It became apparent from the very beginning—when a testy Obama said “Let me finish, Lamar!”
Then they can ride the ensuing backlash to victory and be in a position to finish off repeal.
But his horse, Devon Loch, fell down short of the finish line.
That fall, when Hakamian tried to claim his investment to finish paying for dental school, he was given nothing but promises.
I had suggested over the years—and then finally I dropped the subject—that Bill find someone to finish the book.
She did not allow him to finish; she said hastily that she must witness the contest.
finish off with calyx and seed cup, as in previous instruction.
"Come back and set down, and finish your breakfast," shouted Si.
He actually was to turn his work over to another man to finish.
For a few, weak days he decided to remain and finish it all and forever.
late 14c., "to bring to an end;" mid-15c., "to come to an end," from Old French finiss-, present participle stem of fenir (13c.) "stop, finish, come to an end, die," from Latin finire "to limit, set bounds, put an end to, come to an end," from finis "boundary, limit, border, end," of unknown origin, perhaps related to figere "to fasten, fix" (see fix). Meaning "to kill" is from 1755. Related: Finished; finishing. Finishing school is from 1836.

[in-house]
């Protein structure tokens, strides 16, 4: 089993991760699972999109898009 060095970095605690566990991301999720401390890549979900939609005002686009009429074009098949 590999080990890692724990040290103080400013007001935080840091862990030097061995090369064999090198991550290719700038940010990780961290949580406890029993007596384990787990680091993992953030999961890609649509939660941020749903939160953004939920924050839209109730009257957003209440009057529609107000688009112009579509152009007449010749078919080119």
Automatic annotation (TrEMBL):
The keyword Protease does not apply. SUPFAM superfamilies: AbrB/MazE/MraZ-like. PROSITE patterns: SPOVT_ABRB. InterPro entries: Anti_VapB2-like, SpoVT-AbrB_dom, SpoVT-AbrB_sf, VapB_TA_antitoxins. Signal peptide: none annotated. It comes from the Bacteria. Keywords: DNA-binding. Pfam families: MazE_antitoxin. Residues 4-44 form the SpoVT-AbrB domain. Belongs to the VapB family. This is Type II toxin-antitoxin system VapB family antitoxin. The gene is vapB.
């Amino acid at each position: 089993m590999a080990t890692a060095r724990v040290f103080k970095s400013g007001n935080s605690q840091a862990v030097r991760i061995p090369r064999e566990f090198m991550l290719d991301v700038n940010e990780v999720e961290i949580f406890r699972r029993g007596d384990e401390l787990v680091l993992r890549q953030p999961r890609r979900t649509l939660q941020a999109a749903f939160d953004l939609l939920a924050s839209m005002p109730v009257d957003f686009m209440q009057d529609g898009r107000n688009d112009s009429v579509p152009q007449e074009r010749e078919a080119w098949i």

1779, "that which finishes or gives completion," from finish (v.). Meaning "the end" is from 1790. Finish line attested from 1873.
To put a disastrous end to something or to someone's prospects; COOK someone's GOOSE: She finished him off with a passing shot (1755+)